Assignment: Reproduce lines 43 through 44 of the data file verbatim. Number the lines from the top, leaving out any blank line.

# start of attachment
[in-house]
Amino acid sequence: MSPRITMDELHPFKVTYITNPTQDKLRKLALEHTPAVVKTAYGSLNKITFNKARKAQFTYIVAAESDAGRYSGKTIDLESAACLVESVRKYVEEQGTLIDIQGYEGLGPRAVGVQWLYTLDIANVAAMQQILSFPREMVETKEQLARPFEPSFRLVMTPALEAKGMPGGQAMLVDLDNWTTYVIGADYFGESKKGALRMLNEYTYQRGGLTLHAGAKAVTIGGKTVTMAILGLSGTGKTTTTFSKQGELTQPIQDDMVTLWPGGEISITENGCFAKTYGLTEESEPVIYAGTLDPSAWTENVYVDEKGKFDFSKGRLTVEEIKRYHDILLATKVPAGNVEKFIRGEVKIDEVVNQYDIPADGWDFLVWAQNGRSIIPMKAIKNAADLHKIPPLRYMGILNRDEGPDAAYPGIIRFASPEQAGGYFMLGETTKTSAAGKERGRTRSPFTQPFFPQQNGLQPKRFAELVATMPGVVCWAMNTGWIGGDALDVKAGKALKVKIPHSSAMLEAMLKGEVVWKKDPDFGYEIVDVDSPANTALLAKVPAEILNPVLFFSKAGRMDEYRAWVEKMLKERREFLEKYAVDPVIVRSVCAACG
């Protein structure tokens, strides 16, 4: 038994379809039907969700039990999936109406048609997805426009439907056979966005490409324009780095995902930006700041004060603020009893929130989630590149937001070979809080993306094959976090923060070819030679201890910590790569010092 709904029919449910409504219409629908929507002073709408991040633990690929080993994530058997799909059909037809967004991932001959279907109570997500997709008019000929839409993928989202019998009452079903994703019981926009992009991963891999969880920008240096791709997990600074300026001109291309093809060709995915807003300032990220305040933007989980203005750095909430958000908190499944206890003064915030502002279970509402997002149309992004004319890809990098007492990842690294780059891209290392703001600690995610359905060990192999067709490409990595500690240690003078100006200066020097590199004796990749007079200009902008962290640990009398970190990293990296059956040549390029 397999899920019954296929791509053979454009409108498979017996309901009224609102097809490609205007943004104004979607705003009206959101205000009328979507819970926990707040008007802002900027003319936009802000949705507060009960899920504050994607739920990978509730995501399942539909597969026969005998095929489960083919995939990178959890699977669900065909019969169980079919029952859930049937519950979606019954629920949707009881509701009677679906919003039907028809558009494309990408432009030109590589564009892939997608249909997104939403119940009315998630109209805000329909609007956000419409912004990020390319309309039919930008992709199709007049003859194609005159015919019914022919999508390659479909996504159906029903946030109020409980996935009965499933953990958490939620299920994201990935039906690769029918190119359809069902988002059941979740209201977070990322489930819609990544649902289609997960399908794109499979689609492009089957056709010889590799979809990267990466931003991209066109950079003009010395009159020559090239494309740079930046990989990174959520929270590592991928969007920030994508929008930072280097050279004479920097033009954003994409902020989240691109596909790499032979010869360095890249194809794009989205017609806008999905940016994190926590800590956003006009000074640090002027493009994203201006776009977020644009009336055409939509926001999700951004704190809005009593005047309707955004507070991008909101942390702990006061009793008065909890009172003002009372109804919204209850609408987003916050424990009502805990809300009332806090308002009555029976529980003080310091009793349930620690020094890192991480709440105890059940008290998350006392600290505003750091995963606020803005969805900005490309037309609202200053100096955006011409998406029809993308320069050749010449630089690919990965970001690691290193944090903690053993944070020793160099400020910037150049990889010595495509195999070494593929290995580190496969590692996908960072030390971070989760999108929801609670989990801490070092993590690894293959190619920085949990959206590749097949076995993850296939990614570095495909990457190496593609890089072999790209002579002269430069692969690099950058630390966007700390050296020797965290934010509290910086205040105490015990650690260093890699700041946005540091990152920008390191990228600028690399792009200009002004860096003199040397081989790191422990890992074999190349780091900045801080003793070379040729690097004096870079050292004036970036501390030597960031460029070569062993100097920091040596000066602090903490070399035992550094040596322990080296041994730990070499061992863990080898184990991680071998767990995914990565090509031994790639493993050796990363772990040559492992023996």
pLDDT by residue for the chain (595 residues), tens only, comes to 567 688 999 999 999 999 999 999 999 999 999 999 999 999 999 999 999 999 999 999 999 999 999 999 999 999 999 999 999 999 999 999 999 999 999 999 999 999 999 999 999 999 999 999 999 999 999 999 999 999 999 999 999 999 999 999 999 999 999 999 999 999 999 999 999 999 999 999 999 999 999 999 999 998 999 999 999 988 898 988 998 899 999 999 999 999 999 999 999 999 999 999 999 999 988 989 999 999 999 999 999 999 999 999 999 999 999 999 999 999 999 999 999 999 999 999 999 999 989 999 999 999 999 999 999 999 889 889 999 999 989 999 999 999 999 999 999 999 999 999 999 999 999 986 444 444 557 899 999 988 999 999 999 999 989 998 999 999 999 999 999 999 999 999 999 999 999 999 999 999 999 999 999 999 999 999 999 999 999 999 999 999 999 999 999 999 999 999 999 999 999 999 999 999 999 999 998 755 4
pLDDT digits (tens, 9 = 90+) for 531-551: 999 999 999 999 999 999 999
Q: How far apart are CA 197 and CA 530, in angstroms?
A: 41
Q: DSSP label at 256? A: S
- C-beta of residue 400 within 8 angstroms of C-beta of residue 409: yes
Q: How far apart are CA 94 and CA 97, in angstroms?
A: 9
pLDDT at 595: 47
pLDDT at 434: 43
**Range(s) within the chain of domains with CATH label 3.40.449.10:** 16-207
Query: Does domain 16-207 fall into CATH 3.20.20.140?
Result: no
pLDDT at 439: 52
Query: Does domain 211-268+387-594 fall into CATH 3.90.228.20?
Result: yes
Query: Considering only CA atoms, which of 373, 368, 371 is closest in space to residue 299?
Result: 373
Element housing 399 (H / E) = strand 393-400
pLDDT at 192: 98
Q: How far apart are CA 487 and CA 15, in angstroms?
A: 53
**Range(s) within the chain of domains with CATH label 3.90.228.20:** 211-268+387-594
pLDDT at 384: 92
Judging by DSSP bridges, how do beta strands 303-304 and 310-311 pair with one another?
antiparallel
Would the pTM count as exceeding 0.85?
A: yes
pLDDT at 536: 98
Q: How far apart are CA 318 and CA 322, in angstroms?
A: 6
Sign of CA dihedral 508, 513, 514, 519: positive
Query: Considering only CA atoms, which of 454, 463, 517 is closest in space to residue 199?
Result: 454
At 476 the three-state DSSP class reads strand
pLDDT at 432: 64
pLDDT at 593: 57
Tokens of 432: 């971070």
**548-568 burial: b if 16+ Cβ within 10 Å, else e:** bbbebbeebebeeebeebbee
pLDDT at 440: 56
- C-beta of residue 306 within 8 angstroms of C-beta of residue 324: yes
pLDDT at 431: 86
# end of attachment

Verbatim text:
pLDDT at 440: 56
- C-beta of residue 306 within 8 angstroms of C-beta of residue 324: yes